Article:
kernel: Filters
    kernel:  Rx REALIF       :
    kernel:  Tx VLANIF       : vlan10
    kernel: Commands
    kernel:  00:[NOP, 0x00000000, 0x00000000]
    kernel: Rule Type  : Flow
    kernel: Hit Count   : 0
    kernel: --------------------------------------------------------------------------------
    
    vlanctl --if eth4 --rx --tags 0 --show-table
    
    kernel: VLAN Rule Table : eth4, Rx, nbrOfTags 0, default DROP
    kernel: --------------------------------------------------------------------------------
    kernel: ===> eth4 (ONT) : RX, 0 tag(s)
    kernel: Tag Rule ID : 0
    kernel: Rx VLAN Device : vlan10
    kernel: Filters
    kernel:  VlanDev MacAddr : No
    kernel: Commands
    kernel:  00:[PUSH_TAG, 0x00008100, 0x00000001]
    kernel:  01:[SET_VID, 0x0000000A, 0x00000000]
    kernel: Rule Type  : Flow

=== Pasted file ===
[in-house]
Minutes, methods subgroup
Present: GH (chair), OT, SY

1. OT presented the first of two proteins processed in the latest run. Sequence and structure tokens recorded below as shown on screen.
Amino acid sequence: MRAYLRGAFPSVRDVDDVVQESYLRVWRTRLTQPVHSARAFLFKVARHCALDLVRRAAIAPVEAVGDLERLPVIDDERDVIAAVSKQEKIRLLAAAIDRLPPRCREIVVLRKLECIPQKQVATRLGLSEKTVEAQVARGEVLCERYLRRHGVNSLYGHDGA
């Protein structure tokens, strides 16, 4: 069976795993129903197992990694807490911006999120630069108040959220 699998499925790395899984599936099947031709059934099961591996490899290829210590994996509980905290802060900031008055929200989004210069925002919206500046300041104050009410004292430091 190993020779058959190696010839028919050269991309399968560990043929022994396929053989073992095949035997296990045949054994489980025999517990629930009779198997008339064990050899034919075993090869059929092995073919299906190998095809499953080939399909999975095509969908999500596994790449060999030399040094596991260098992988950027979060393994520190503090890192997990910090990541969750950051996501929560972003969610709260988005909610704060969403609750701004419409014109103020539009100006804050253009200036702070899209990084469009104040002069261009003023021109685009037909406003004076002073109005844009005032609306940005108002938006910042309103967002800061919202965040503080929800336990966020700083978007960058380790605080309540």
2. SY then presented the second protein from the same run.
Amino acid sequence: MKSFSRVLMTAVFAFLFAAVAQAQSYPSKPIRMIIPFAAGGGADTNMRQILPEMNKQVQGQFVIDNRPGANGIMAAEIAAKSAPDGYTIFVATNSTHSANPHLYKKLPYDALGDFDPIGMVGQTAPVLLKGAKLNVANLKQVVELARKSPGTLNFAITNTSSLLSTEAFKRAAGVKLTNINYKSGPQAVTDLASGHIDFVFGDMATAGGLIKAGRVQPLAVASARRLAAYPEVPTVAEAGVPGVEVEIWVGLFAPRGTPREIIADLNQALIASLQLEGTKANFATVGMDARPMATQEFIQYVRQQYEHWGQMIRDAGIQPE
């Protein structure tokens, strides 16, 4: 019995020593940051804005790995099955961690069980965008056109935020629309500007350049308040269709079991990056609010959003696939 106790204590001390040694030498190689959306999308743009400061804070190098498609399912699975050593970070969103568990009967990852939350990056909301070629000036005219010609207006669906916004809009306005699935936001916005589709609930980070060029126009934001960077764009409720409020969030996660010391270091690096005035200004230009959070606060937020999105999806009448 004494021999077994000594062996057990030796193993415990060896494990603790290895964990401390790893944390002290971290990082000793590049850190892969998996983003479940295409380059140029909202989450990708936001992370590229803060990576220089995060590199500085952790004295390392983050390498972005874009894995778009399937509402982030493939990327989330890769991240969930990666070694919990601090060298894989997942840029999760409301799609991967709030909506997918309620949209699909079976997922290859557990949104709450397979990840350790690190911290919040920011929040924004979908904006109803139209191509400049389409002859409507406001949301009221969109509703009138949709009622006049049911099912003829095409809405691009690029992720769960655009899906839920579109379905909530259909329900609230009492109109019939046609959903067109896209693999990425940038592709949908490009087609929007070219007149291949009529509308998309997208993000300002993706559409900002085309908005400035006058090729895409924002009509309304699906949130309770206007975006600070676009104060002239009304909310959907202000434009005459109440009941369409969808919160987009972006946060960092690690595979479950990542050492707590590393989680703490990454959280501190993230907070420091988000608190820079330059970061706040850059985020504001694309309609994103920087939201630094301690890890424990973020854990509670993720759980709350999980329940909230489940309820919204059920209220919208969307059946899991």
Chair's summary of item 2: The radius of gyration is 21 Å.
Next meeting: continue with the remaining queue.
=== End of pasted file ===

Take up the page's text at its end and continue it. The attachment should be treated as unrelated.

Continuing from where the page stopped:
kernel: Hit Count   : 358
    kernel: --------------------------------------------------------------------------------
    
    Success...well sort of:confused:

    So for an un-tagged port I think the two 'vlanctl' rules (PUSH_TAG/SET_VID) applied to the VLAN10 Rx may need similar rules for the VLAN Tx, or more than likely I am missing additional rules to include the CPU in the VLAN (as used by the 'robocfg' directives)

    NOTE: Apparently there are specific VLAN rule tables similar to 'iptables/ebtables', and it seems that for each VLAN created, there are actually 4 pairs of rule tables:
    Code:
    vlanctl --if eth4 --tx --tags 3 --show-table
     
    kernel: VLAN Rule Table : eth4, Tx, nbrOfTags 3, default ACCEPT
    kernel: No entries found
    kernel: --------------------------------------------------------------------------------
    
    vlanctl --if eth4 --rx --tags 3 --show-table
    
    kernel: VLAN Rule Table : eth4, Rx, nbrOfTags 3, default DROP
    kernel: No entries found
    kernel: --------------------------------------------------------------------------------
    
    vlanctl --if eth4 --tx --tags 2 --show-table
     
    kernel: VLAN Rule Table : eth4, Tx, nbrOfTags 2, default ACCEPT
    kernel: No entries found
    kernel: --------------------------------------------------------------------------------